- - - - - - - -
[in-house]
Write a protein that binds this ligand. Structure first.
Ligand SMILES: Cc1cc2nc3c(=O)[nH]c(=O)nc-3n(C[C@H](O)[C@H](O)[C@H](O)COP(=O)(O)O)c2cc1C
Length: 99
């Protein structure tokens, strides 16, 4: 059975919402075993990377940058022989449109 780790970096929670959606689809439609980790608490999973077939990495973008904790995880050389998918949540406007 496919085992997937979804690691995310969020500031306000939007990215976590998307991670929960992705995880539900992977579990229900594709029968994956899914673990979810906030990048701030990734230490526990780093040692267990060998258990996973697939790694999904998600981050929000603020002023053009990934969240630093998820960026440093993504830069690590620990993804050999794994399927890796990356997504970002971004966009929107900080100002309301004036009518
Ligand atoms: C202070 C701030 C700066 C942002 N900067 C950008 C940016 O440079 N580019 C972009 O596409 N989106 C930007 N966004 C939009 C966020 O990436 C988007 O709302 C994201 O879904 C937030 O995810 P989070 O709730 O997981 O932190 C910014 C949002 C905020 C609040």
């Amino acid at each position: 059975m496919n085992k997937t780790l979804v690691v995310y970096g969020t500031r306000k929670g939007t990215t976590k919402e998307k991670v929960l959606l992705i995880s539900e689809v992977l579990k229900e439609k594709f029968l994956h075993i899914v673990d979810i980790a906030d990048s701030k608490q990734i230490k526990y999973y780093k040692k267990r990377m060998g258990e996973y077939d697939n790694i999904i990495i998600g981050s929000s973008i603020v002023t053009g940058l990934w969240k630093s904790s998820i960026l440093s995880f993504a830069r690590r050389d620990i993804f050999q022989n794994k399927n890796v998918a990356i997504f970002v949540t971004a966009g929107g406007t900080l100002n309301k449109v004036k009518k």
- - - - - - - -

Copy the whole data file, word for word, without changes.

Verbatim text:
[in-house]
Write a protein that binds this ligand. Structure first.
Ligand SMILES: Cc1cc2nc3c(=O)[nH]c(=O)nc-3n(C[C@H](O)[C@H](O)[C@H](O)COP(=O)(O)O)c2cc1C
Length: 99
């Protein structure tokens, strides 16, 4: 059975919402075993990377940058022989449109 780790970096929670959606689809439609980790608490999973077939990495973008904790995880050389998918949540406007 496919085992997937979804690691995310969020500031306000939007990215976590998307991670929960992705995880539900992977579990229900594709029968994956899914673990979810906030990048701030990734230490526990780093040692267990060998258990996973697939790694999904998600981050929000603020002023053009990934969240630093998820960026440093993504830069690590620990993804050999794994399927890796990356997504970002971004966009929107900080100002309301004036009518
Ligand atoms: C202070 C701030 C700066 C942002 N900067 C950008 C940016 O440079 N580019 C972009 O596409 N989106 C930007 N966004 C939009 C966020 O990436 C988007 O709302 C994201 O879904 C937030 O995810 P989070 O709730 O997981 O932190 C910014 C949002 C905020 C609040």
């Amino acid at each position: 059975m496919n085992k997937t780790l979804v690691v995310y970096g969020t500031r306000k929670g939007t990215t976590k919402e998307k991670v929960l959606l992705i995880s539900e689809v992977l579990k229900e439609k594709f029968l994956h075993i899914v673990d979810i980790a906030d990048s701030k608490q990734i230490k526990y999973y780093k040692k267990r990377m060998g258990e996973y077939d697939n790694i999904i990495i998600g981050s929000s973008i603020v002023t053009g940058l990934w969240k630093s904790s998820i960026l440093s995880f993504a830069r690590r050389d620990i993804f050999q022989n794994k399927n890796v998918a990356i997504f970002v949540t971004a966009g929107g406007t900080l100002n309301k449109v004036k009518k």